While, Netflix has an indisputable quality and excess of content at a reasonable price with no ads, their business also has a few other cards in their hand. For example, Netflix states that its users watch an average of 2 hours on Netflix per day.  This equates to roughly 121.9 million hours watched per year.  That is a TON of data that Netflix is collecting from its subscribers.  Netflix’s biggest competitive advantage is their algorithm, which is constantly fed from the massive viewership data collected from their subscribers viewing habits, preferences and being able to identify unmet needs.  This gives Netflix an exclusive advantage on their competition on deciding what new original content to create and how allocate funds to most satisfy its subscribers and keep them watching. This cycle of viewership and data is almost like a streaming ecosystem that creates a perfect balance on all ends. Another piece of information to consider is that Netflix has chosen to use debt as its primary source of funding in a world of all-time low interest rates.  We believe, this is both incredibly dangerous but also incredibly intelligent if used properly.  Netflix effective interest rate on its debt at the end of Dec 2019 was 5.23% and its return on equity for 2019 was 29.12%.  Any company, I do not care who you are, who can borrow money at 5.23% and generate returns of 29.12% is running an astonishingly incredible business; this process is extraordinarily successful.  We fully expect that Netflix will continue to use debt to fund future projects at these low costs and high rate of returns well into the future; this does not scare us as they have proven to use debt efficiently and responsibly.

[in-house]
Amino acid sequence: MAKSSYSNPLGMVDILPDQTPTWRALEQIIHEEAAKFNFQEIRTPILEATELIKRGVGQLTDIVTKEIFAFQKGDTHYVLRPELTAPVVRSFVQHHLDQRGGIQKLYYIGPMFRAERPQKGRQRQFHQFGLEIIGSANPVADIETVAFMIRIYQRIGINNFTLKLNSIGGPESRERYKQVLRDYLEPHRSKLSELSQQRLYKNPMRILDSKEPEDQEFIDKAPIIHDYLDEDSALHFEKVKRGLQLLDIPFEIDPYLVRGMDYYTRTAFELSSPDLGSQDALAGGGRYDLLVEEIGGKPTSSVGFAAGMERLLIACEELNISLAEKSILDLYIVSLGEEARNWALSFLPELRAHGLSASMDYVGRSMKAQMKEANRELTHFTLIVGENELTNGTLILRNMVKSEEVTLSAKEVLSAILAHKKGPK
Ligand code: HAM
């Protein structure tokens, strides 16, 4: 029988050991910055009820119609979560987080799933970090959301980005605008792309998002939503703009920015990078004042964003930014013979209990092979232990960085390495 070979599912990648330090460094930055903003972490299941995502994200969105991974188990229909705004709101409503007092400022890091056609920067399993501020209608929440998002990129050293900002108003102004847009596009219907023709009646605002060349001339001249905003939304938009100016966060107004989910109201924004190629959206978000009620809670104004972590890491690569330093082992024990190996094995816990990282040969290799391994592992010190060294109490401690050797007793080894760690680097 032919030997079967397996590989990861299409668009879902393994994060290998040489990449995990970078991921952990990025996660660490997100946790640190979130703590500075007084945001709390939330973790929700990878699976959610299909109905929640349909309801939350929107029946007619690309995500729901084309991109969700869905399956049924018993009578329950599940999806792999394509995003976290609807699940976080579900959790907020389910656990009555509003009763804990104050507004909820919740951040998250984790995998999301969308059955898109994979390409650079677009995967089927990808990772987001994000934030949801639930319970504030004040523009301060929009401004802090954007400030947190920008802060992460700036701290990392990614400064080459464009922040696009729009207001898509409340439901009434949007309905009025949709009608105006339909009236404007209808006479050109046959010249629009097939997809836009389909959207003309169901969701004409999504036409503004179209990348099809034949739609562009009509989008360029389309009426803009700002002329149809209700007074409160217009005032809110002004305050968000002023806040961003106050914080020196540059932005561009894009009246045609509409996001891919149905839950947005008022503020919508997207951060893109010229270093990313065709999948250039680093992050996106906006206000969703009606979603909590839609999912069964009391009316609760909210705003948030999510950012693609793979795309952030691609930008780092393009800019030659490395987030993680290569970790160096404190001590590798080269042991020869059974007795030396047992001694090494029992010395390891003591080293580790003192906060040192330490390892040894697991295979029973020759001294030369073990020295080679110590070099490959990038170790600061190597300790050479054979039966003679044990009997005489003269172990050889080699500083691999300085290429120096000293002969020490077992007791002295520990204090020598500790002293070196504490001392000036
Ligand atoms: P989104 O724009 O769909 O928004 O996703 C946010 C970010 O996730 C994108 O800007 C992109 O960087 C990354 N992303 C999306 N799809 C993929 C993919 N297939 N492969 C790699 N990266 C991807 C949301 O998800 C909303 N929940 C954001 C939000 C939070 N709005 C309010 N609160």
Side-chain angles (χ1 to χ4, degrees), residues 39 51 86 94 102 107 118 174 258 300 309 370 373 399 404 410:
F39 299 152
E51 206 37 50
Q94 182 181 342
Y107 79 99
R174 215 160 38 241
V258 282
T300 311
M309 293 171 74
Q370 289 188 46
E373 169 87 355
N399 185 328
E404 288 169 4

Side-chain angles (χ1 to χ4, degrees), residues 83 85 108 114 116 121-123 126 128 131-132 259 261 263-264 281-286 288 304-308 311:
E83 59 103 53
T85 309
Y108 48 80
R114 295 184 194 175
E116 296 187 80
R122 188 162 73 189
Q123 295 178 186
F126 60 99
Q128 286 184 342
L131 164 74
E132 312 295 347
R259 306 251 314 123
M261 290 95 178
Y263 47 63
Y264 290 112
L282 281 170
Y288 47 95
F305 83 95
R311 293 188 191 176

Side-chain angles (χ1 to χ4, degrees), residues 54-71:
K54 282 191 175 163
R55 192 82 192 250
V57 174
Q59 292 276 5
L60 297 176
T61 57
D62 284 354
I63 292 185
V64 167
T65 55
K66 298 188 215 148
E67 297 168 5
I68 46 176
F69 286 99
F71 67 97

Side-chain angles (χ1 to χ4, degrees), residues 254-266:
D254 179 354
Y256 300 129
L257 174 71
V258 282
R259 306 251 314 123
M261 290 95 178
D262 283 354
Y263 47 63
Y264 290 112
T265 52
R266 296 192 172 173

In the COVID-19 crisis we are seeing Netflix’s staying power. Once again referring to Ark Invest, as of 2019 Netflix cost the user only $0.22 cents per hour viewed vs $0.81 cents per hour viewed for Cable.  That is a massive difference, and Ark is estimating that by 2024 the margin will widen further with Netflix costing about $0.34 per hour viewed and Cable $1.08 per hour viewed.  Netflix’s business model is as recession proof as it gets inside the stock market.  Quality entertainment at the convenience of viewing in your own home is worth a lot in people’s minds today and the monthly cost of Netflix is incredibly manageable for the value you receive in return.  We would argue that it would be one of the last things a subscriber would part with just before food, water and shelter.  At plans ranging from $8.99 – $15.99 per month, even a person with a job making minimum wage could argue that sparing 1-hour worth of wages per month for unlimited hours of movies, shows and entertainment is well worth the trade. Netflix’s value comes from many different sources and angles, but one of the most important angles comes from the idea that their service is on the verge of a household necessity.



Disclaimer


I/we are long Netflix. Any assertions made are opinion and we are not receiving any compensation for this post other than ad revenue from WordPress and personal donations. Phullplate.com has no business relationship with any stock mentioned in this article. Phullpalte.com is not a registered investment, legal or tax advisor or a broker/dealer. All investment/financial opinions expressed by Phullplate.com are from the personal research and experience of the owners of the site and are intended as educational material. Although, best efforts are made to ensure that all information is accurate and up to date, occasionally unintended errors and misprints may occur.